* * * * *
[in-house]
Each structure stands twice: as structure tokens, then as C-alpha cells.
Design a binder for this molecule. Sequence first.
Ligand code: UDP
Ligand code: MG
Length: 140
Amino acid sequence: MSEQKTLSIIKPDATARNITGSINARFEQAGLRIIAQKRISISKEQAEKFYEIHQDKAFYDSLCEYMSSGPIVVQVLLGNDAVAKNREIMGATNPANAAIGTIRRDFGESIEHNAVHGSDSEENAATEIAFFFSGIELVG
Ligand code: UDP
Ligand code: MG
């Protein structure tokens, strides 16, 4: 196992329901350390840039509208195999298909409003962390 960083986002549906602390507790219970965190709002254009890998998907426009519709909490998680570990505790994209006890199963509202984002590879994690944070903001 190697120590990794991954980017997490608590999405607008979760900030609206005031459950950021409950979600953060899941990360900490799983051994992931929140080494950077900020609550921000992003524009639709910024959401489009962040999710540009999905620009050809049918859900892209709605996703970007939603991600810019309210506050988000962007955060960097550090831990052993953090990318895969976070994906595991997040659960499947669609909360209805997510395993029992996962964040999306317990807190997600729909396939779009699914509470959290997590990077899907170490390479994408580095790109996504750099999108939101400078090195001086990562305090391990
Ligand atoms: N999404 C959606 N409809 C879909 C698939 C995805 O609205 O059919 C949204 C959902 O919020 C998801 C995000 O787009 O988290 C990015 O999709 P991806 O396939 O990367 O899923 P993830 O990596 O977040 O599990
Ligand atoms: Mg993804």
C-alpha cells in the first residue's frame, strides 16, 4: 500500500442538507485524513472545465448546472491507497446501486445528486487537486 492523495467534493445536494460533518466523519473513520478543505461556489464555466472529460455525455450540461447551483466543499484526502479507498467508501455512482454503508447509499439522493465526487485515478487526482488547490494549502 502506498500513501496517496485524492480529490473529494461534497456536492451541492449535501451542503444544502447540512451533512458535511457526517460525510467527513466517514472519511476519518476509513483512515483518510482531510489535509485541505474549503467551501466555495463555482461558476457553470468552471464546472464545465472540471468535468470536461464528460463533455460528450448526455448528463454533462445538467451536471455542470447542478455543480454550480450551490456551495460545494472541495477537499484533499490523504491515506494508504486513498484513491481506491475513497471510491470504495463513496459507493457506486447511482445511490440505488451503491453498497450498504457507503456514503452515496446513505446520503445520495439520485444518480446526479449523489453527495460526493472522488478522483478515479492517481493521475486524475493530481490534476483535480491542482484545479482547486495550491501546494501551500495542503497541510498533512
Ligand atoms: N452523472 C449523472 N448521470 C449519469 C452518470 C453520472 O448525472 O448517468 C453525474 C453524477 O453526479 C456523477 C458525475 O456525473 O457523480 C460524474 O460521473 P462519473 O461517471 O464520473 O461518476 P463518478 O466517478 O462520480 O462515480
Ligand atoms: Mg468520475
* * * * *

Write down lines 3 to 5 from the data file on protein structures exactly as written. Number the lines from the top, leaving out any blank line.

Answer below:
Design a binder for this molecule. Sequence first.
Ligand code: UDP
Ligand code: MG